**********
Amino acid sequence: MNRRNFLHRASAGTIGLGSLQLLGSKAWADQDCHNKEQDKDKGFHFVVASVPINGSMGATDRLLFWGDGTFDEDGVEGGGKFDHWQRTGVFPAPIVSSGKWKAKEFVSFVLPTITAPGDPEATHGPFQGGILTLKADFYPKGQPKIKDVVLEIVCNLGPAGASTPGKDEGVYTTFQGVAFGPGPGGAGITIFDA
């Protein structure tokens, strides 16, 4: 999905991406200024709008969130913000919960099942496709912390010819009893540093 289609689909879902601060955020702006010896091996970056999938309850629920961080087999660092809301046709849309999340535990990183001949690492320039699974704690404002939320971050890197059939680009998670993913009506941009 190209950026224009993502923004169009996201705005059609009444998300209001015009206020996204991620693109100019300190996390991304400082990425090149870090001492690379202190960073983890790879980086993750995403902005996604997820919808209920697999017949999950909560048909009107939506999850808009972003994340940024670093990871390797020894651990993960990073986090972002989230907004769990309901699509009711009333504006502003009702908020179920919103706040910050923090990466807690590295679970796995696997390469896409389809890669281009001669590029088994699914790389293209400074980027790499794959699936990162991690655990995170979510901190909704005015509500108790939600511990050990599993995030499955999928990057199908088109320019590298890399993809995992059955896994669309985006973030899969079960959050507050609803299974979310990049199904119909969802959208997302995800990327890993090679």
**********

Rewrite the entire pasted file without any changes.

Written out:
Amino acid sequence: MNRRNFLHRASAGTIGLGSLQLLGSKAWADQDCHNKEQDKDKGFHFVVASVPINGSMGATDRLLFWGDGTFDEDGVEGGGKFDHWQRTGVFPAPIVSSGKWKAKEFVSFVLPTITAPGDPEATHGPFQGGILTLKADFYPKGQPKIKDVVLEIVCNLGPAGASTPGKDEGVYTTFQGVAFGPGPGGAGITIFDA
């Protein structure tokens, strides 16, 4: 999905991406200024709008969130913000919960099942496709912390010819009893540093 289609689909879902601060955020702006010896091996970056999938309850629920961080087999660092809301046709849309999340535990990183001949690492320039699974704690404002939320971050890197059939680009998670993913009506941009 190209950026224009993502923004169009996201705005059609009444998300209001015009206020996204991620693109100019300190996390991304400082990425090149870090001492690379202190960073983890790879980086993750995403902005996604997820919808209920697999017949999950909560048909009107939506999850808009972003994340940024670093990871390797020894651990993960990073986090972002989230907004769990309901699509009711009333504006502003009702908020179920919103706040910050923090990466807690590295679970796995696997390469896409389809890669281009001669590029088994699914790389293209400074980027790499794959699936990162991690655990995170979510901190909704005015509500108790939600511990050990599993995030499955999928990057199908088109320019590298890399993809995992059955896994669309985006973030899969079960959050507050609803299974979310990049199904119909969802959208997302995800990327890993090679």